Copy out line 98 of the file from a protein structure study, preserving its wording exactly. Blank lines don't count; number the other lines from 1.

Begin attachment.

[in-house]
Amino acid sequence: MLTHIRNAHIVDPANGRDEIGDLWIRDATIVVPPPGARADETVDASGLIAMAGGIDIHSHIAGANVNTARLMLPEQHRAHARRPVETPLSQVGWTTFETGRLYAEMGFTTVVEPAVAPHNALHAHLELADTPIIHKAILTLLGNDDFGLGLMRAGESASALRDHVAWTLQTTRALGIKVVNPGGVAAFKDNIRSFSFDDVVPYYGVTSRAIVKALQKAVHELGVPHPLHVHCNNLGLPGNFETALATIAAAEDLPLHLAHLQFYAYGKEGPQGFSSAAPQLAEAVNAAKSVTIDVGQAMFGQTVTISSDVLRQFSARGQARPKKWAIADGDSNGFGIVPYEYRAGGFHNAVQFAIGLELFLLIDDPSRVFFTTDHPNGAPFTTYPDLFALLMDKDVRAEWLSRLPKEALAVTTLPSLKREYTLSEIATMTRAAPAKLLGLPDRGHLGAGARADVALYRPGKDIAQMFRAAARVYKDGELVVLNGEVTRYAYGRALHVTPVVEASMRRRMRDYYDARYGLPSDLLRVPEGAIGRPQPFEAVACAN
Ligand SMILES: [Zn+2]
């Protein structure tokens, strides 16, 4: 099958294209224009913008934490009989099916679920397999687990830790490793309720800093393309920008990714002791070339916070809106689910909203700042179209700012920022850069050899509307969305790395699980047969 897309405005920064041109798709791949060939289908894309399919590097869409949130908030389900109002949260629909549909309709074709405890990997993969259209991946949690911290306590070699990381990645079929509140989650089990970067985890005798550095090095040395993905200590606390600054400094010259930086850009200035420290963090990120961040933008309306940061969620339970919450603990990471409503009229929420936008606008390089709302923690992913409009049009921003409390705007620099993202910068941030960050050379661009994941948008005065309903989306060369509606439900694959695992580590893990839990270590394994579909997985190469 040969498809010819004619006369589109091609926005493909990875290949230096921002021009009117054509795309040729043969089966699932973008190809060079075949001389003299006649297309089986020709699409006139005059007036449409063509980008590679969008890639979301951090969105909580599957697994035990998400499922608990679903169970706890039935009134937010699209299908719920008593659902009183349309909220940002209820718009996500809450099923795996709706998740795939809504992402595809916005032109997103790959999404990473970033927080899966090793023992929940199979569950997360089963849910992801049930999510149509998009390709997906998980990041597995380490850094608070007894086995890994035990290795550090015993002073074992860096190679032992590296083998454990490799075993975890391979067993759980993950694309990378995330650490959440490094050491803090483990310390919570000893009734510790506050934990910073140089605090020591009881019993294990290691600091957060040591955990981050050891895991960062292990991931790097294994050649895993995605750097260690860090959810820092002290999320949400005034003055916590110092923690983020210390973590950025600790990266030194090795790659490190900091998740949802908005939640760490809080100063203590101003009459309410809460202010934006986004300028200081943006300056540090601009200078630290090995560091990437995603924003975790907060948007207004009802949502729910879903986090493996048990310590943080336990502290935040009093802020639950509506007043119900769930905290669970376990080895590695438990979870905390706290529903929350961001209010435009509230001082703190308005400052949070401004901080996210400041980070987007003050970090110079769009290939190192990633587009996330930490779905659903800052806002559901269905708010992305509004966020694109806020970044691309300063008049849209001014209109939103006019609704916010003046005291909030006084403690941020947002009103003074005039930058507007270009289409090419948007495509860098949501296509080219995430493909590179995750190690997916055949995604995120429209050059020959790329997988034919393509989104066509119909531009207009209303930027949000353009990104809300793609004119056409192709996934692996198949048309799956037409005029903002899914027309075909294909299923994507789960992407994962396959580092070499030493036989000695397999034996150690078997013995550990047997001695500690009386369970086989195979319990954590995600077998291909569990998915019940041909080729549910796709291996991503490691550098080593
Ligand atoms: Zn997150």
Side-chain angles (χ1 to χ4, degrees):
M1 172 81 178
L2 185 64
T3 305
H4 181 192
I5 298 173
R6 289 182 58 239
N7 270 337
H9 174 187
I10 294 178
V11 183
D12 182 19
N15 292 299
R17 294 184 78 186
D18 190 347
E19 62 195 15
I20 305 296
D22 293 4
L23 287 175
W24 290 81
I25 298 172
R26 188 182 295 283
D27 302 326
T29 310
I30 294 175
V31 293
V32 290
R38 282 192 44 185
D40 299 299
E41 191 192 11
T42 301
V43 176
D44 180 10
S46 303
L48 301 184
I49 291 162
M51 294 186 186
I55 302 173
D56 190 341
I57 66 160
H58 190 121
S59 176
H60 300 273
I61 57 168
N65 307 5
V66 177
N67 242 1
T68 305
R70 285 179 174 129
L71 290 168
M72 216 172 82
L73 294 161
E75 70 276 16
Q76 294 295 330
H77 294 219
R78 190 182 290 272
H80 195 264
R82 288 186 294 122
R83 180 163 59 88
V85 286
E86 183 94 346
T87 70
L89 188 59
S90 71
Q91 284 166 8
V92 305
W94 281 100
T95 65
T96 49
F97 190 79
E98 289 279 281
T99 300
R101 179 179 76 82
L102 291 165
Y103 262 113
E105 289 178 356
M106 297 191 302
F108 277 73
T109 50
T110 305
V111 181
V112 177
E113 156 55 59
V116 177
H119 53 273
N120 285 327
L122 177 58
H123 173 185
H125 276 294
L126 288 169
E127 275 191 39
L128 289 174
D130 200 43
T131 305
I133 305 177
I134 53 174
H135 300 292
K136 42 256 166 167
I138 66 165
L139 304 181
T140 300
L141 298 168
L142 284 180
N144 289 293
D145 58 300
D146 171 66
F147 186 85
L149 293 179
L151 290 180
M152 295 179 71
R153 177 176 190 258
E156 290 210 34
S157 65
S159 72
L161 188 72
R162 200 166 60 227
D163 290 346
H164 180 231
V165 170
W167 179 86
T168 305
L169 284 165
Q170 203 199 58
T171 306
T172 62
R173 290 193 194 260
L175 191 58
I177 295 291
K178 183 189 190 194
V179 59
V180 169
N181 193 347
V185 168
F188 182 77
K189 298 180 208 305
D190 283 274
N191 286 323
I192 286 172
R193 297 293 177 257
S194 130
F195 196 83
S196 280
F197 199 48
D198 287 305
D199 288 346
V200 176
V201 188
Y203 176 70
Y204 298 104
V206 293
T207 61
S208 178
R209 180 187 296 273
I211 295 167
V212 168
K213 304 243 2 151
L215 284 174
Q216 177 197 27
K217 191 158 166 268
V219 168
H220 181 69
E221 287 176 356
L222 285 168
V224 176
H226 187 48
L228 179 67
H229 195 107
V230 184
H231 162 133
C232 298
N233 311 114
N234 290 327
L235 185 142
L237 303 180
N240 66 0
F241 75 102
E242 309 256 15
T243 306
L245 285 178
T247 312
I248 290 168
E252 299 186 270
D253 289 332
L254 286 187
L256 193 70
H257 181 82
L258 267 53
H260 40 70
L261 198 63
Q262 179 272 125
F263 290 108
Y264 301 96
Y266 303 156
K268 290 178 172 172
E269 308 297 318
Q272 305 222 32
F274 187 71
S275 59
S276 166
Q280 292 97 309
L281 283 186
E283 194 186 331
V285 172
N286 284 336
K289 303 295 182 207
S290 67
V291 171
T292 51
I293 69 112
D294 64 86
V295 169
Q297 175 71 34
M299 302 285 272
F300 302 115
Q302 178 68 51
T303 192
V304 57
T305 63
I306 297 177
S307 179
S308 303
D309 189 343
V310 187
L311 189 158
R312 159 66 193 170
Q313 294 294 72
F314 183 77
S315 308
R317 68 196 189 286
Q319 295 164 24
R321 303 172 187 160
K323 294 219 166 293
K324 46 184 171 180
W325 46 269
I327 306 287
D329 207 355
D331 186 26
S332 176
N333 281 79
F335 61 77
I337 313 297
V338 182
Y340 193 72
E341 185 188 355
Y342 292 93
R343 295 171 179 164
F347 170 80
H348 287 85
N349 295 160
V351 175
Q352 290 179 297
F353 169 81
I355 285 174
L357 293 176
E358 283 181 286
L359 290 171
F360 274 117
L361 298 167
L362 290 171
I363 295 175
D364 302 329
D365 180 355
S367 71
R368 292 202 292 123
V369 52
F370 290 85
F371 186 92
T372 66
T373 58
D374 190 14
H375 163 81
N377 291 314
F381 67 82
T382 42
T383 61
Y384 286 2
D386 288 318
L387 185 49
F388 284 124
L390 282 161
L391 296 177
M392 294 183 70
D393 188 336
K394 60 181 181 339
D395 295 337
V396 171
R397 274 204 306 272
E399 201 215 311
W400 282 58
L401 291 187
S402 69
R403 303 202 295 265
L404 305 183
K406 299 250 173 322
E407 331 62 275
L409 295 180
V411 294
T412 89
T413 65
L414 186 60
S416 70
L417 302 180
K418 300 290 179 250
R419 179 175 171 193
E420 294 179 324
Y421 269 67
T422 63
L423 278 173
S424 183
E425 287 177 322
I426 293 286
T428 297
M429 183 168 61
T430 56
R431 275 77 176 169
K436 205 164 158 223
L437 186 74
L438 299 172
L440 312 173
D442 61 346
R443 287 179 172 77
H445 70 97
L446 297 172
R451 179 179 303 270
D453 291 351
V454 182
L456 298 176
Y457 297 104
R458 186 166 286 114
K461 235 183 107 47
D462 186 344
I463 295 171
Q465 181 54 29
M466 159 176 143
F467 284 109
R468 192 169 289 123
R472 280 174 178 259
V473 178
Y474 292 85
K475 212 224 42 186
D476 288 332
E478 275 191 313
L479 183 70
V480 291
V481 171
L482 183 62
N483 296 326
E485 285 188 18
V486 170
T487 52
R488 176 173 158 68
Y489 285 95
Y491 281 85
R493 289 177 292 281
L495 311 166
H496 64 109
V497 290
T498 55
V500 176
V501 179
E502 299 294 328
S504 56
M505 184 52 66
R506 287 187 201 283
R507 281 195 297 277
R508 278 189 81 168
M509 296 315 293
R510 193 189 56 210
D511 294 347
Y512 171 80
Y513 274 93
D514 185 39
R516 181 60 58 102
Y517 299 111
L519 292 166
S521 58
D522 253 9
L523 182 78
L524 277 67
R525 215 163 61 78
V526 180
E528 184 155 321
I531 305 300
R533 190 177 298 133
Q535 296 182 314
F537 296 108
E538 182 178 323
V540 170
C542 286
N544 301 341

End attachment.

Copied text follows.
D130 200 43